In addition, instead of trying to run a mile immediately (as I’d done after running lulls in the past), I started off doing interval running. I wore a watch and timed the intervals. My first workout went something like this:
Run 30 seconds; walk 30 seconds
Run 45 seconds; walk 45 seconds
Run 1 minute; walk 1 minute
Run 90 seconds; walk 1 minute
Run 2 minutes; walk 1 minute
Run 90 seconds; walk 1 minute
Run 30 seconds; walk 2 minutes
This ends up being a 15-minute workout, which is pretty good. I did intervals the first 3-4 workouts, gradually increasing the running intervals over time. And from there, I built up my distance slowly until I was running 4 miles without stopping. I also try to do a mixture of distances, and ideally would do one long run on a Sunday afternoon (ca. 4 miles) with a shorter midweek run as well (ca. 2-2.5 miles). I suppose my eventual goal is to run a 10k.
4). Exercised when I could
After I started working in November, I was afraid that I wouldn’t have time to work out and that the excess weight would return. I’ve always heard that exercising in the morning is better, and I thought that unless I woke up at 5:30 am to do a yoga video, there was no point in working out at all.
Then I read a couple of articles that pointed out that yes, although working out in the morning might be marginally better, what’s most important is that you work out, period. I took that simple advice, and now I work out as soon as I get home from work in the evening because that’s what works best for my schedule.
5). Combined strength training and cardio
Of all the bits of advice peppered throughout this post, this is perhaps the most important one. In the past, I’d done either cardio or strength training, but never both at once. And you HAVE to do both if you want sustained, healthy weight loss. Cardio, short for cardiovascular (aka aerobic exercise) is high-intensity exercise designed to elevate your heart rate. While excellent in terms of burning calories and keeping your heart and lungs healthy, it doesn’t do much in terms of building muscle. In contrast, strength training (aka anaerobic exercise), is designed to tone and, as the name would suggest, strengthen and increase the size of your muscles. I don’t want to elaborate much more than that for fear of saying something inaccurate, but Wikipedia is always a good source on the difference between strength training and cardio.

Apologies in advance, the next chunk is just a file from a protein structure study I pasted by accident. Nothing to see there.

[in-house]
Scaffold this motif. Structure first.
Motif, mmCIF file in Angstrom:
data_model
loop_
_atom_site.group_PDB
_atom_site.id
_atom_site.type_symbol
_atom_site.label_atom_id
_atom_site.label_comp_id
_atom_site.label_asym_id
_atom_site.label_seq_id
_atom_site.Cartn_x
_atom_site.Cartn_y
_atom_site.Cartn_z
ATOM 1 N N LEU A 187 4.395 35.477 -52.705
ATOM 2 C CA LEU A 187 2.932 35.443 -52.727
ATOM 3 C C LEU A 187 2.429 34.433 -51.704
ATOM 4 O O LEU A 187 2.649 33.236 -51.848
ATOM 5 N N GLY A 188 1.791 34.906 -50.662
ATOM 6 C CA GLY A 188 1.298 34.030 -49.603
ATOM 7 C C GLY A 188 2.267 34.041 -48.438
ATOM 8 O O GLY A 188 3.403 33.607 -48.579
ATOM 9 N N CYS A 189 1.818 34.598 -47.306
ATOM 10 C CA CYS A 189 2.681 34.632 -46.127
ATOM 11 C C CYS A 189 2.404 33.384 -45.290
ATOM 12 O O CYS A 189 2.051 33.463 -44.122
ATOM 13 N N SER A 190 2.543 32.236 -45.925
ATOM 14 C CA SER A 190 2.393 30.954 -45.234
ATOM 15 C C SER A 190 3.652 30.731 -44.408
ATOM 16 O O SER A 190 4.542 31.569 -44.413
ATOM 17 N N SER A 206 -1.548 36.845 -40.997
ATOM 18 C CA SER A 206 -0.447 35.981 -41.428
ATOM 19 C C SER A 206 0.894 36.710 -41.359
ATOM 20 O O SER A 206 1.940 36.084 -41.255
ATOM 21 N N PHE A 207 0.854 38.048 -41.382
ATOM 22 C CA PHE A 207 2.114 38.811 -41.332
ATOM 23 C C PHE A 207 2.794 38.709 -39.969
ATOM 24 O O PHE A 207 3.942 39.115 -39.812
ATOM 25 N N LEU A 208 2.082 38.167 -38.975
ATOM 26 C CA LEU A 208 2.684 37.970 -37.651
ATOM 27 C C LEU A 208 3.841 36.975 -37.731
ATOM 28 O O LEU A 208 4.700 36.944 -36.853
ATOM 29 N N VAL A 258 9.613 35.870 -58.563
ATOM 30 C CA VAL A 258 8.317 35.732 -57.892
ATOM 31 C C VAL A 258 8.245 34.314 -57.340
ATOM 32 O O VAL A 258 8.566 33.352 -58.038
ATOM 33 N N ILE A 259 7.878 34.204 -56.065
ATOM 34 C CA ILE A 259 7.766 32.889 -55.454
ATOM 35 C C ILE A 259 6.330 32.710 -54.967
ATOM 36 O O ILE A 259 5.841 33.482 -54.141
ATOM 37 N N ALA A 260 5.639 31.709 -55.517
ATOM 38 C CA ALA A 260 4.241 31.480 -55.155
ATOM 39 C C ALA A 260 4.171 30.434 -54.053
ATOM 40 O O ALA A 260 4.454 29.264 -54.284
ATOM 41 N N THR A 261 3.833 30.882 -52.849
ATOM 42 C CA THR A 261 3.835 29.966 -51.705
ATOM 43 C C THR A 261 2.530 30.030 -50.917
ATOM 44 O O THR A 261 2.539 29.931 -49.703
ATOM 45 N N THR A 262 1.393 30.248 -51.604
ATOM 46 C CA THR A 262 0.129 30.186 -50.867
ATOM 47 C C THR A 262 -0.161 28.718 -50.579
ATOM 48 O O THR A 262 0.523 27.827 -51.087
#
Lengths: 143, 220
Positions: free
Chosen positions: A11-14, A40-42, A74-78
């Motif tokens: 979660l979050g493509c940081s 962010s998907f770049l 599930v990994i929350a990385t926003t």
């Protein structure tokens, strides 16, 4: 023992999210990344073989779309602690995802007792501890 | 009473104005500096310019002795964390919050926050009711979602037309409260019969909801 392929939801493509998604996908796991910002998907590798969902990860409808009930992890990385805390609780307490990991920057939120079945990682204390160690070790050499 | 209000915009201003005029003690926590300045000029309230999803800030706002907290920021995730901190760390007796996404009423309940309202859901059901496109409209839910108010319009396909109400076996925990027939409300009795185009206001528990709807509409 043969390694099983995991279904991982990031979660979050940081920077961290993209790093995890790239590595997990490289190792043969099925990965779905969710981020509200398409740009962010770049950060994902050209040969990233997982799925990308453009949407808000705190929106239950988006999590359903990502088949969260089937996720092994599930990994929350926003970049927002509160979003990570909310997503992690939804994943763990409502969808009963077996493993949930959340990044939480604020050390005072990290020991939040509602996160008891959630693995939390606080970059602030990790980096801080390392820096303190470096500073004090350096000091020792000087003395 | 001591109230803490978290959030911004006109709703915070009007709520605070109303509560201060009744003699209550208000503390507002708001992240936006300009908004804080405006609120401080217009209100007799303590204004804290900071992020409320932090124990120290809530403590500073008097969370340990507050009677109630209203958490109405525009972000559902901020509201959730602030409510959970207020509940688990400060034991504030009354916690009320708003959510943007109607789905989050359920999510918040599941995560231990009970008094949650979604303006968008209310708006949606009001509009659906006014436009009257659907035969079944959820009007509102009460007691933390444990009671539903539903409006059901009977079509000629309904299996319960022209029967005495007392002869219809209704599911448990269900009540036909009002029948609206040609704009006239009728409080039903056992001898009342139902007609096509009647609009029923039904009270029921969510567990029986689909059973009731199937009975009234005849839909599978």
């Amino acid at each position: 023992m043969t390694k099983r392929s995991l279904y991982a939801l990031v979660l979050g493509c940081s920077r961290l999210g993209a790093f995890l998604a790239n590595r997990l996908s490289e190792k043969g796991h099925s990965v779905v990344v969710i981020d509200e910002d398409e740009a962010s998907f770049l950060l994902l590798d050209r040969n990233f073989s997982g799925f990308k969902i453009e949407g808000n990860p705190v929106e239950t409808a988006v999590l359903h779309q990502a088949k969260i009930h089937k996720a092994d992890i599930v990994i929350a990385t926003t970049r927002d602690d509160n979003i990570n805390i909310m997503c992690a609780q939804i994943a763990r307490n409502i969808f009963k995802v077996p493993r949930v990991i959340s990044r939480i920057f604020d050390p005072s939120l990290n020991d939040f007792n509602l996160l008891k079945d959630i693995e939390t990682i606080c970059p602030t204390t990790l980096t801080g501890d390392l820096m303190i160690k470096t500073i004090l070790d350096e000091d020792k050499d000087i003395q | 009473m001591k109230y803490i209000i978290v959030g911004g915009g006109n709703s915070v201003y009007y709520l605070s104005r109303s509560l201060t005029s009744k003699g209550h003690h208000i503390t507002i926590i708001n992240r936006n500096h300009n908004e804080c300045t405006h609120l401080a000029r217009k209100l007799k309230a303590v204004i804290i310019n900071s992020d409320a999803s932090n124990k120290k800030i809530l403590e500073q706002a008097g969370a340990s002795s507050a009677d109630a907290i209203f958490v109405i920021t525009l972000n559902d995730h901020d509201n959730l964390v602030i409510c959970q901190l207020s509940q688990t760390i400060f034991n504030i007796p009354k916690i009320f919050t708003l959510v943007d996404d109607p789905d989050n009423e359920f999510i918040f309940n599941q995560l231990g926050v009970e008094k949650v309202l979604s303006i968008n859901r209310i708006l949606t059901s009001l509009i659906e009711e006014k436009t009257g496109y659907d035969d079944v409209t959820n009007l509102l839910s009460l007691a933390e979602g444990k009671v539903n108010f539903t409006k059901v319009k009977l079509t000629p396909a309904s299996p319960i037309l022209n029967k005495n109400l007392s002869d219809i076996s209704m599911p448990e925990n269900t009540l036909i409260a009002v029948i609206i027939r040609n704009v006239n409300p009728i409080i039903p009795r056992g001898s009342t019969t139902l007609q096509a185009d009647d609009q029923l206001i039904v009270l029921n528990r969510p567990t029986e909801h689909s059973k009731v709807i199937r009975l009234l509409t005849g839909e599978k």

Yoga is in fact a very gradual form of strength training, and I do that 2-3 times a week, along with the occasional BeFit or Ballet Beautiful video (some of my favorites can be found on my Challenging Workout Videos playlist). Running, biking, hiking, and tennis, my other most common forms of exercise, all fall into the cardio category for the most part. I am very careful now to make sure I combine both types!
I aim to work out 5 times a week, and a typical schedule might be:
Monday: 30-minute yoga video
Wednesday: Ballet Beautiful Swan Arms + Ab video
Thursday: Bike to/from work (ca. 6.5 miles), plus 15-minute yoga video
Saturday: 30 minutes of tennis
Sunday: 30-minute run
Mostly for myself and because I have an affinity for leather journals, I keep a written Fitness Log where I write down the exercise I do each day of the week. This helps me keep track of which yoga & workout videos are my favorite, whether I’m increasing my running distance, and whether I hit my goal of 5 workouts per week.
Hopefully none of this came across as unreasonable. All the workouts I do are free and, for the most part, fairly moderate. My goal isn’t to run a marathon or to build a 6-pack; I just want to sleep better, be able to eat more, and have more energy. Speaking of which, sometime in the next couple of weeks, I’ll be discussing the changes I made to my diet. Best of luck to those eager to undertake similar fitness changes, and feel free to comment with questions below or get in touch on Twitter. Cheers!